Venables interviewed Turnage, and Wileman interviewed defendant. Both Turnage and defendant were free of marks and bruises and, after his preliminary inquiry, Venables determined that no assault had occurred. Venables then turned his attention to the marijuana plant and, while searching other parts of the residence, discovering several more plants in the house.

    Before trial, defendant moved to suppress the marijuana seized after the officers entered his residence, arguing that the warrantless entry onto the rear of his property along the side of his house violated Article I, section 9, of the Oregon Constitution. Specifically, defendant argued that the officers' continuation past the initial approach to the front of his house without a warrant, was unlawful because it was not otherwise authorized under an emergency aid exception to the warrant requirement.[2] The trial court rejected defendant's motion, concluding that the officers were authorized under the emergency aid exception to proceed around the side of defendant's residence and, therefore, did not violate Article I, section 9, of the Oregon Constitution when they entered the residence.

    On appeal, defendant again argued that the police had violated defendant's rights under Article I, section 9, when they entered onto his property without a warrant, because the evidence did not support an objective reasonable belief that an emergency existed at that time. In response, the state argued that use of the code word and the neighbor's report of hearing yelling from inside the residence, in addition to the yelling heard by the police officers at the location, permitted the officers to proceed beyond the front of *479 the house and enter defendant's house under the emergency aid exception to the warrant requirement. The Court of Appeals disagreed with the state, citing the four-part test that it had announced in State v. Follett, 115 Or.App. 672, 840 P.2d 1298 (1992).[3] In doing so, the Court of Appeals noted that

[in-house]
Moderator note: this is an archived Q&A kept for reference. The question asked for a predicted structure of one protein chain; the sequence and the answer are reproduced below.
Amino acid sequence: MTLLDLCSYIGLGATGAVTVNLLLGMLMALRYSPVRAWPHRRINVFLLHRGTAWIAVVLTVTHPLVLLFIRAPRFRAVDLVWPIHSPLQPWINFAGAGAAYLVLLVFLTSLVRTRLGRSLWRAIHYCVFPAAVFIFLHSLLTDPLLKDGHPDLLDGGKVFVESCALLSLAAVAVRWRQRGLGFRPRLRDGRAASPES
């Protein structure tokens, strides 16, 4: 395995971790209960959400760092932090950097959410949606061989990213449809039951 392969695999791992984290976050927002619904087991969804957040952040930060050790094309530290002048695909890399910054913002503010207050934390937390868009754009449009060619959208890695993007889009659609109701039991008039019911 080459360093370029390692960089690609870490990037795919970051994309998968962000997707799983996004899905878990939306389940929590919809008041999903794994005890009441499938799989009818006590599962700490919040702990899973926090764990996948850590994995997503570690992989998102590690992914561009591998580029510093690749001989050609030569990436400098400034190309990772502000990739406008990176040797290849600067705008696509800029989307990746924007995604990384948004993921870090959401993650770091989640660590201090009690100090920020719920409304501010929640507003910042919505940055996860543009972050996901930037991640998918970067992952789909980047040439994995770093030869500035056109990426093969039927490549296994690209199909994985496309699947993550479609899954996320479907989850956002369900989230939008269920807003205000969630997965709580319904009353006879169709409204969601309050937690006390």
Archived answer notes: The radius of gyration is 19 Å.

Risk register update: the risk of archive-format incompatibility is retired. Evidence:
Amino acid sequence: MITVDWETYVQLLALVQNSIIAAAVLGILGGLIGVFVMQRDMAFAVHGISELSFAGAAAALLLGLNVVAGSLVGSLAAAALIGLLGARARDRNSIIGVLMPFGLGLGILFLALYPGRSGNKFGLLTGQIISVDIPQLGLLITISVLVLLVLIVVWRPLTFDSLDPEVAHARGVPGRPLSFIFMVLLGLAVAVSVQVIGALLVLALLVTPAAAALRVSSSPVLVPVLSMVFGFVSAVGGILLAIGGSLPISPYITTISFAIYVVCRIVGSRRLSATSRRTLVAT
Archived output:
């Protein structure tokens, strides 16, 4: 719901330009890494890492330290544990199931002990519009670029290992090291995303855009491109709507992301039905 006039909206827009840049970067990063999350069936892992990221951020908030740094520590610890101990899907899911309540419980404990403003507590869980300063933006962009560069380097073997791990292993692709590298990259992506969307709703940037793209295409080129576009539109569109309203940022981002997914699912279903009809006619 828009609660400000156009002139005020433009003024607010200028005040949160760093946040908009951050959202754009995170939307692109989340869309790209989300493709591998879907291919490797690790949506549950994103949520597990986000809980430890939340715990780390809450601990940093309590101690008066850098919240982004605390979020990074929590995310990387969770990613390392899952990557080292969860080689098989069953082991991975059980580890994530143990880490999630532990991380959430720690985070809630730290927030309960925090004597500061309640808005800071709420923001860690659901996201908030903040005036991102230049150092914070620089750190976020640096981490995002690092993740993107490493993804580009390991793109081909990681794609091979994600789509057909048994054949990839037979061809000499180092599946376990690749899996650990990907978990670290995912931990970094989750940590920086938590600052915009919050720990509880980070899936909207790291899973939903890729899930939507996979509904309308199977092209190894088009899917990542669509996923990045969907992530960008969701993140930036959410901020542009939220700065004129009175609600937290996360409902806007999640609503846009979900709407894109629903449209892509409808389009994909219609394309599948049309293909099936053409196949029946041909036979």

"if objective indicia of a life-threatening emergency were present up to the point that the officers reached the back door of the house, then their entry into the house and seizure of the marijuana plants conceivably could have been justified under the plain view and exigent circumstances doctrines."

    Baker, 237 Or.App. at 347, 240 P.3d 735. The Court of Appeals nevertheless concluded that

    "[w]hen the officers saw through the side window that the couple was engaged in only a verbal, nonviolent argument unaccompanied by other evidence indicative of life-threatening violence, it ceased to be objectively reasonable for the officers to believe that immediate intervention by them to protect life was necessary."

    Id. at 349, 240 P.3d 735. As a result, the Court of Appeals reversed the trial court's order denying defendant's motion to suppress the marijuana and we allowed the state's subsequent petition for review.

    As a threshold matter, we observe that the Court of Appeals decided this case on a legal theory that was different from the one that defendant pursued at trial and on appeal. In those forums, defendant argued that the evidence was not sufficient under an emergency aid exception to permit the police to proceed around the side of the house without a warrant. The Court of Appeals, however, focused its analysis on whether an emergency continued to exist after the officers had looked through the house's side window and observed only a verbal argument between the residents. Id. at 347, 240 P.3d 735. For purposes of this opinion, we confine our review to the issue as defendant raised it below.